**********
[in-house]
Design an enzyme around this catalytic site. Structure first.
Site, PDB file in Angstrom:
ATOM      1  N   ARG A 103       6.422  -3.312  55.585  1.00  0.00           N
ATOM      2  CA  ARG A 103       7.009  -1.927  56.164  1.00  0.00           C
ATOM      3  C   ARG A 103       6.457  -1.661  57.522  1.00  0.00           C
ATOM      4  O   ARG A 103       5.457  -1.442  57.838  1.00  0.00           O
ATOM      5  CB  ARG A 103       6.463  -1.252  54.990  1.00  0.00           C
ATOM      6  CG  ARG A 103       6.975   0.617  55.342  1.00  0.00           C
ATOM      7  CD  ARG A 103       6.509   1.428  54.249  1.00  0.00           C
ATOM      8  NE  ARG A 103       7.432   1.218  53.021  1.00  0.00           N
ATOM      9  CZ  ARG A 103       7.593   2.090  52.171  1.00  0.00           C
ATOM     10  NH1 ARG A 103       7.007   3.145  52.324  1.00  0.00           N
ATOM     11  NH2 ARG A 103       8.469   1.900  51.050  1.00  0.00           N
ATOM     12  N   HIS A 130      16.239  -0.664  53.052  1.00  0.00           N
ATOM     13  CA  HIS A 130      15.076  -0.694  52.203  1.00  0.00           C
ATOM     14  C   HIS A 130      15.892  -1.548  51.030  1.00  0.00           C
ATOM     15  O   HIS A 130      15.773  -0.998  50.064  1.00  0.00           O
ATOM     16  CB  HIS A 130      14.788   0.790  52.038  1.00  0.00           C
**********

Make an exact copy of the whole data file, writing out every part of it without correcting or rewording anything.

[in-house]
Design an enzyme around this catalytic site. Structure first.
Site, PDB file in Angstrom:
ATOM      1  N   ARG A 103       6.422  -3.312  55.585  1.00  0.00           N
ATOM      2  CA  ARG A 103       7.009  -1.927  56.164  1.00  0.00           C
ATOM      3  C   ARG A 103       6.457  -1.661  57.522  1.00  0.00           C
ATOM      4  O   ARG A 103       5.457  -1.442  57.838  1.00  0.00           O
ATOM      5  CB  ARG A 103       6.463  -1.252  54.990  1.00  0.00           C
ATOM      6  CG  ARG A 103       6.975   0.617  55.342  1.00  0.00           C
ATOM      7  CD  ARG A 103       6.509   1.428  54.249  1.00  0.00           C
ATOM      8  NE  ARG A 103       7.432   1.218  53.021  1.00  0.00           N
ATOM      9  CZ  ARG A 103       7.593   2.090  52.171  1.00  0.00           C
ATOM     10  NH1 ARG A 103       7.007   3.145  52.324  1.00  0.00           N
ATOM     11  NH2 ARG A 103       8.469   1.900  51.050  1.00  0.00           N
ATOM     12  N   HIS A 130      16.239  -0.664  53.052  1.00  0.00           N
ATOM     13  CA  HIS A 130      15.076  -0.694  52.203  1.00  0.00           C
ATOM     14  C   HIS A 130      15.892  -1.548  51.030  1.00  0.00           C
ATOM     15  O   HIS A 130      15.773  -0.998  50.064  1.00  0.00           O
ATOM     16  CB  HIS A 130      14.788   0.790  52.038  1.00  0.00           C